Riley Wood, general manager of Aimbridge Hospitality, which operates the Hilton Garden Inn Los Angeles/Hollywood, declined to comment.
A spokesperson for Hilton Hotel & Resorts said the company offers guests “choice and control over the level of housekeeping services they desire” as guests may have “varying levels of comfort with anyone.” one entering their room after check-in”.
Hospitality industry representatives say the new housekeeping policies are aimed at keeping workers and guests safe and are preferred by guests.
A survey conducted for the American Hotel and Lodging Assn. found that 81% of hotel guests feel safer staying at a hotel if daily housekeeping is suspended.
“When it comes to room cleaning, hotels are following both guest preferences and the latest CDC guidelines for hotel employees,” the lodging association said in a statement, citing the recommendation. of the Centers for Disease Control and Prevention that “Rooms occupied by the same guest on multiple days should not be cleaned daily, unless requested.”
The World Health Organization disagrees with the CDC’s recommendations, saying, “All programs in which clients can voluntarily forego housekeeping services should be suspended from the Health Maximization service. and the safety of hotel staff and guests.” WHO policy suggests that guests and staff will be at less risk of infection if rooms are regularly cleaned and disinfected by workers wearing gloves, masks and other personal protective equipment.
During a recent eight-hour shift, Velasquez took notes and took pictures of his workload.
His manager asked him to clean 14 rooms that day. This includes changing bedding, cleaning and disinfecting the bathroom, dusting, replacing dirty towels, vacuuming carpet, and mopping tile and hardwood floors. With a 30 minute lunch break, that would only give him 32 minutes per room.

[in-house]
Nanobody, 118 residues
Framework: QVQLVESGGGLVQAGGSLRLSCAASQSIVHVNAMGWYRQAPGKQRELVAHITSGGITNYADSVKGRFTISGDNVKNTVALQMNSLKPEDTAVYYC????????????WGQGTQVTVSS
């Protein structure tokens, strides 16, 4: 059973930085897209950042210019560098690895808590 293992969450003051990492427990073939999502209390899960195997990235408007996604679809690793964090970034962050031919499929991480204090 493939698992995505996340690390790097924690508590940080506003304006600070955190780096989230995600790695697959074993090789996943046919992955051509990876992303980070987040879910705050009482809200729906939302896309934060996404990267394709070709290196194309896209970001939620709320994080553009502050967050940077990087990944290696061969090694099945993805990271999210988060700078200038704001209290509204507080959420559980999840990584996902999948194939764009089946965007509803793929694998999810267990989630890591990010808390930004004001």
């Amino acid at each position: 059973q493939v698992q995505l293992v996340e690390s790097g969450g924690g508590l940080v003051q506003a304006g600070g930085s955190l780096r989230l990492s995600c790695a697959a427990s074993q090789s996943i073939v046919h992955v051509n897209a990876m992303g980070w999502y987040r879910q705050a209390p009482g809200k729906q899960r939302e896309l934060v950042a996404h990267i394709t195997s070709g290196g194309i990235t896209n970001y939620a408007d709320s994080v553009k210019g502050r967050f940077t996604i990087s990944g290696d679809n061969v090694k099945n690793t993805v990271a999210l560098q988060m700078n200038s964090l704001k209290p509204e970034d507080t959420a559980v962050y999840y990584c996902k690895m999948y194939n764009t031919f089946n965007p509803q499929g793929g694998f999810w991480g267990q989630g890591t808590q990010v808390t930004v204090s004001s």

She started her shift at 8:32 a.m. It took her 45 minutes to clean the first room. Piles of dirty towels littered the bathroom and rubbish was strewn all over the room outside the bins. She was already late.
The second room was much cleaner – no litter or towels on the floor – and she was able to finish it in 30 minutes. But by 10 a.m., she had only cleaned two rooms.
Velasquez started the third play – also very crowded and dirty – at 10:12 a.m. and it took him until 11 a.m. to finish it.
It took him an hour to clean the fourth room. The most physically demanding part of the job was lifting mattresses to replace sheets and vacuuming under the bed, she said. Most of the time, she works alone.
By the time of her lunch break, she had only cleaned five of the 14 pieces she had been tasked with completing.
She was frustrated and tired. Velasquez said she repeatedly told her manager that the rooms were too crowded and dirty for her to meet the daily quota. Stick to the schedule, he is told.
“I go from room to room and it’s the same,” she says of the workload.
Towards the end of her shift, she entered the bathroom of her 12th bedroom and discovered that a guest had smeared feces on the walls of the shower stall.
“I don’t know what kind of people stay here,” she said. “Why are they doing this? Maybe they think they have the right to do this.
It took her over an hour to clean the room, using bleach to remove the smell from the bathroom.
Several of her co-workers had to come to her aid so she could finish all 14 pieces by the end of her shift at 5:30 p.m.
It was common: she usually doesn’t finish her daily task because the rooms are too cluttered and dirty. She fears losing her job for failing in her daily duties, but hopes her hotel workers’ union will support her.
Usually exhausted by the time she gets home, Velasquez tries to spend time with her husband and two sons, ages 20 and 18, at the end of the day. She doesn’t want them to feel abandoned.
She doesn’t know how long she can keep up the pace, but she knows she can’t give up. She has to work to support her family.
“I worry because I know I need work,” Velasquez said. “But the harder I work, the more work they have for me.”